May 21, 2013 in Nation/World

Car bombs roil Iraq

Wave of attacks leaves at least 65 dead
Los Angeles Times
 
April toll

Security forces opened fire on demonstrators late last month in the northern city of Hawija, sparking days of violence in central and northern Iraq. The United Nations put the death toll for April at 712, making it the deadliest month in Iraq since June 2008.

BAGHDAD – Car bombs around Iraq killed at least 65 people Monday amid the worst wave of violence in the country since U.S. troops withdrew a year and a half ago.

The attacks, which occurred along busy commercial streets in Shiite and Sunni areas, followed a string of bombings and other attacks last week that killed more than 200 people. The ongoing violence has stoked the impression among Iraqis that the country is sliding back into chaos reminiscent of the civil war that claimed tens of thousands of lives between 2005 and 2008.

Citing a number of sources, the Associated Press put the death toll Monday at 95 or more.

Among the most worrying of the day’s attacks were a pair of car bombings in the southern city of Basra that killed at least 10 people. The previous day, Basra’s security commanders asserted that they had imposed new protective measures in the region, home to the vast majority of Iraq’s oil production and exports.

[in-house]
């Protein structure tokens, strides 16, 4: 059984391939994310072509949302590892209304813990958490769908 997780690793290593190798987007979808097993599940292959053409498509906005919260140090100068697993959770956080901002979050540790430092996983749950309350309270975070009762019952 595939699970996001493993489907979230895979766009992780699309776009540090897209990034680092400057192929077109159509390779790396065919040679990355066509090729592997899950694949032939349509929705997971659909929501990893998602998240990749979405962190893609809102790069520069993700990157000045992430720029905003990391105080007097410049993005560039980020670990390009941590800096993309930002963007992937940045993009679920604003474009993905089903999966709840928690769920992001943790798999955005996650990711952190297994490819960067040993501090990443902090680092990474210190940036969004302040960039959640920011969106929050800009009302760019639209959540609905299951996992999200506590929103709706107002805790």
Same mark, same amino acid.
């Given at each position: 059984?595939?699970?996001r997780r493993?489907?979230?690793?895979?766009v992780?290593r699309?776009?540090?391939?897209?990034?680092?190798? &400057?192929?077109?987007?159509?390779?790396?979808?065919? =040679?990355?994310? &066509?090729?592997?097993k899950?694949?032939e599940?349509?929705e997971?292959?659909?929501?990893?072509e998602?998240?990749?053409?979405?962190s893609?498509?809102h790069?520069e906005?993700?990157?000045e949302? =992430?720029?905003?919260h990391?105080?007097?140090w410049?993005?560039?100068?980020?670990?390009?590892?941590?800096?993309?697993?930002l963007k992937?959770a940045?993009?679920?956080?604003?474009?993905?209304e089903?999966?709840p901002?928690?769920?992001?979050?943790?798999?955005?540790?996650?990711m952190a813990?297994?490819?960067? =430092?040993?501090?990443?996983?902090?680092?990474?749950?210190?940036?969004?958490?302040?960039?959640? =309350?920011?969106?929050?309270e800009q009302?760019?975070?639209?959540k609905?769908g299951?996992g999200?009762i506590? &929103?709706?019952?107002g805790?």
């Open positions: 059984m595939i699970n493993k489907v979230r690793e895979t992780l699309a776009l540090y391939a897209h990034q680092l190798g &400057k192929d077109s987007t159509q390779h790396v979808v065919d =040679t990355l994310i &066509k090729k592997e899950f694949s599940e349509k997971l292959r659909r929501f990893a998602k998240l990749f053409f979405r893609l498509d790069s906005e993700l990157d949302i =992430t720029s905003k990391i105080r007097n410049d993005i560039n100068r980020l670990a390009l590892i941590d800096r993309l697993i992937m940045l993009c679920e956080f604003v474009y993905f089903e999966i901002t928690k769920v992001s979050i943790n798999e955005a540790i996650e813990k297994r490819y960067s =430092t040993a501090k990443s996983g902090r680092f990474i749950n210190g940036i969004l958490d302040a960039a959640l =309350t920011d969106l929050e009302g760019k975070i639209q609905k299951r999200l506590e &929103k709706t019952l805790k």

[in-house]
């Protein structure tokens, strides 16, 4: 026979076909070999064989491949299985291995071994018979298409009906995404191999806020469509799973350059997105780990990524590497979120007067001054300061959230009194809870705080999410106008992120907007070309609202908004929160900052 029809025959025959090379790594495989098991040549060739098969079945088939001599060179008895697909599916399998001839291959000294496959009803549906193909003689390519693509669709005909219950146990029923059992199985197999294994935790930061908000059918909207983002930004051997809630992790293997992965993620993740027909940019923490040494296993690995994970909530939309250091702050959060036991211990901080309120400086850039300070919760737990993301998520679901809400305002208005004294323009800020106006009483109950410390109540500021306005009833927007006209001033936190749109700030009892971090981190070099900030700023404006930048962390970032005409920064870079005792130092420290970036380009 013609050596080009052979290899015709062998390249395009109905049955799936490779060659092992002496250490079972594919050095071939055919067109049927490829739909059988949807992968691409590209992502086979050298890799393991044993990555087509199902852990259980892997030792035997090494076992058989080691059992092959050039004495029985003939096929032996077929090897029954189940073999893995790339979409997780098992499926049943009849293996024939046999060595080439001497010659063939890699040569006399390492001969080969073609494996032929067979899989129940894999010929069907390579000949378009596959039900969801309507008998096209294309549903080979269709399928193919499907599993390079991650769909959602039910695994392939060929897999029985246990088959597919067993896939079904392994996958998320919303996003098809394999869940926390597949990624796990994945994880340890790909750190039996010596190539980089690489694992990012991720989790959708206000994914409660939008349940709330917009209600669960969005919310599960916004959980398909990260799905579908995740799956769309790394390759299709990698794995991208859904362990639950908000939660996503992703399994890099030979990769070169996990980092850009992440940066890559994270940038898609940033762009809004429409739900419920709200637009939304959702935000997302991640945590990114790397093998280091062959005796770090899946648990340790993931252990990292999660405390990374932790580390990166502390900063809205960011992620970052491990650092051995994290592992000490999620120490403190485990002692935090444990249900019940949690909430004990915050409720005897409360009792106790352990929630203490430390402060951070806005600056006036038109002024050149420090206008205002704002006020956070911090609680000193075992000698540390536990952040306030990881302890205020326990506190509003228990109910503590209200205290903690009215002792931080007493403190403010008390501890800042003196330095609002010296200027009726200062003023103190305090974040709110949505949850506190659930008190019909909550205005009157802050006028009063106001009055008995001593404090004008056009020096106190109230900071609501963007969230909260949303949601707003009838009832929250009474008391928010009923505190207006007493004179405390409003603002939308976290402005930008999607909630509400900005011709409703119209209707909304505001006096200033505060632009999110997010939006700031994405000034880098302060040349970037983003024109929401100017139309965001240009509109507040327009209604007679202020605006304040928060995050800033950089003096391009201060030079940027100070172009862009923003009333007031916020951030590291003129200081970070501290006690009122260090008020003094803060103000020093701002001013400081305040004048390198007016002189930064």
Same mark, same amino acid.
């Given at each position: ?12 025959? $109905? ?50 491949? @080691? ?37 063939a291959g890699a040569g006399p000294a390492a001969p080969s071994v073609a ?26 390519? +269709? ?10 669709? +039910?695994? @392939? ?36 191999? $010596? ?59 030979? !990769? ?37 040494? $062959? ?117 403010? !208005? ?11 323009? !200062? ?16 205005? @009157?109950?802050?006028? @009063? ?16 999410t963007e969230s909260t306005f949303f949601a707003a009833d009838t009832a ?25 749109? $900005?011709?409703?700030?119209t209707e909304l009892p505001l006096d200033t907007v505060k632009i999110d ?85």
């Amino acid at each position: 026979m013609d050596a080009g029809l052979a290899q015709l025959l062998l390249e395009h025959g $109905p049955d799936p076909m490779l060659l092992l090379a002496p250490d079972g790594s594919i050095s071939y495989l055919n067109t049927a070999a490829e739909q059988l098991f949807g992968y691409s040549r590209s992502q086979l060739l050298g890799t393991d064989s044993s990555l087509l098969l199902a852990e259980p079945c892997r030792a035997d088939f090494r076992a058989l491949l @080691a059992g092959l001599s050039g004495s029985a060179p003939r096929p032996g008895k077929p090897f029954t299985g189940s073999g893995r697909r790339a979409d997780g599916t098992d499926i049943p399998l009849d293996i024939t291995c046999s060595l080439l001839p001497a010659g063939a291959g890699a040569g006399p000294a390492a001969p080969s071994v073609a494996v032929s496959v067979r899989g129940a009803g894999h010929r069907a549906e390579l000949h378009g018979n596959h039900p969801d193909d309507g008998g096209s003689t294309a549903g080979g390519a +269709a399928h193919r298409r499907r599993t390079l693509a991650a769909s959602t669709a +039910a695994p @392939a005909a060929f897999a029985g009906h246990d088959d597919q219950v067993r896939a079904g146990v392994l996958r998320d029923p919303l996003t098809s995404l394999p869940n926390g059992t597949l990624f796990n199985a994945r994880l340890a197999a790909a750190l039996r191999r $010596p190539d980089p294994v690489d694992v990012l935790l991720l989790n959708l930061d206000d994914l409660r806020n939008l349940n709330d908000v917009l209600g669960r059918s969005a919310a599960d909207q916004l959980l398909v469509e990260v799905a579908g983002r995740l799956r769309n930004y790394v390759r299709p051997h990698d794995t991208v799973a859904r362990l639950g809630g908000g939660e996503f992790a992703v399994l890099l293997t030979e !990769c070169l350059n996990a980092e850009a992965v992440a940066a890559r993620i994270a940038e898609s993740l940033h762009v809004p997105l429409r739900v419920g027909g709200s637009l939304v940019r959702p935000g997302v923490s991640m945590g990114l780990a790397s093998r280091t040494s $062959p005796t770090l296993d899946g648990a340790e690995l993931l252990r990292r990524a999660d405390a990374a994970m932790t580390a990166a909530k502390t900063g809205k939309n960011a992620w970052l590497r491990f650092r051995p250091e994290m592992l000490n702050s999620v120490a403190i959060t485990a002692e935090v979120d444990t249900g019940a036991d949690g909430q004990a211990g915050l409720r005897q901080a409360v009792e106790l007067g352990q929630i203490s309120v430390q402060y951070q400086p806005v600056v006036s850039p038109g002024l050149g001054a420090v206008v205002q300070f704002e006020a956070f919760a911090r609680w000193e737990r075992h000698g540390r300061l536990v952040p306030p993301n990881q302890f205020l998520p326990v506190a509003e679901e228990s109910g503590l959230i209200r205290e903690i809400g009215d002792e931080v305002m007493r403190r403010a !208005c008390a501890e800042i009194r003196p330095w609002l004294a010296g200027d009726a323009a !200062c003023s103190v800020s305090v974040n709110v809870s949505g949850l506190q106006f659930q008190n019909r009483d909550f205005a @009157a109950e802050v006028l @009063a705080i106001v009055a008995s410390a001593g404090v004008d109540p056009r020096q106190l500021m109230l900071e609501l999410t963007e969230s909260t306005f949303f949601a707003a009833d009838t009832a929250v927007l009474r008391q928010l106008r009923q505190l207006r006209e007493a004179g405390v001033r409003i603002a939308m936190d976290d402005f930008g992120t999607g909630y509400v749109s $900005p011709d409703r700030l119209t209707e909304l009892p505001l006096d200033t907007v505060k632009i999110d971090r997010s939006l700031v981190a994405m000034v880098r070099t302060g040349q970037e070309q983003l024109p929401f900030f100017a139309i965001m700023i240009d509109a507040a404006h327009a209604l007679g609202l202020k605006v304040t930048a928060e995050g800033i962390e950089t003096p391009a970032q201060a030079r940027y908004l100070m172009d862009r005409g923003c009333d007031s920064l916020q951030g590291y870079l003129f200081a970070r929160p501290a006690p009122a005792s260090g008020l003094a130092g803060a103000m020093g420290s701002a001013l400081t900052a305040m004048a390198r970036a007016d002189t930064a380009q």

The Basra attack drew attention to how even the south is no longer free from strife. The region, with its Shiite Muslim majority, has been relatively quiet compared with areas in the north such as Baghdad, where Shiites and the country’s Sunni Muslim minority live close together.

Sunnis, who believe they have been marginalized since the fall of President Saddam Hussein in 2003, have served as the backbone of a tenacious resistance to the country’s Shiite-dominated government.

The bloodshed, coupled with an intractable dispute between Prime Minister Nouri al-Maliki and Sunni protesters who are demanding a repeal of laws they say discriminate against them, has left many fearful that Iraq is on the verge of splintering.

In the aftermath of Monday’s bombings, al-Maliki warned lawmakers to stay away from a parliamentary session scheduled for today by his rivals to discuss the spiraling violence. He accused politicians he refused to name of being behind the unrest.

Many Baghdad residents were shaken by the bombings and the political discord.

“We still have a dream that one day all of us could see Baghdad without an explosion. It seems that day will never come,” said grocery shop owner Aamer Abdullah, 55. “The citizens of Baghdad prefer to stay in their homes instead of going out and getting killed. We blame the politicians and the security forces equally for what happened.

“Iraqi now is heading to the abyss,” he added.


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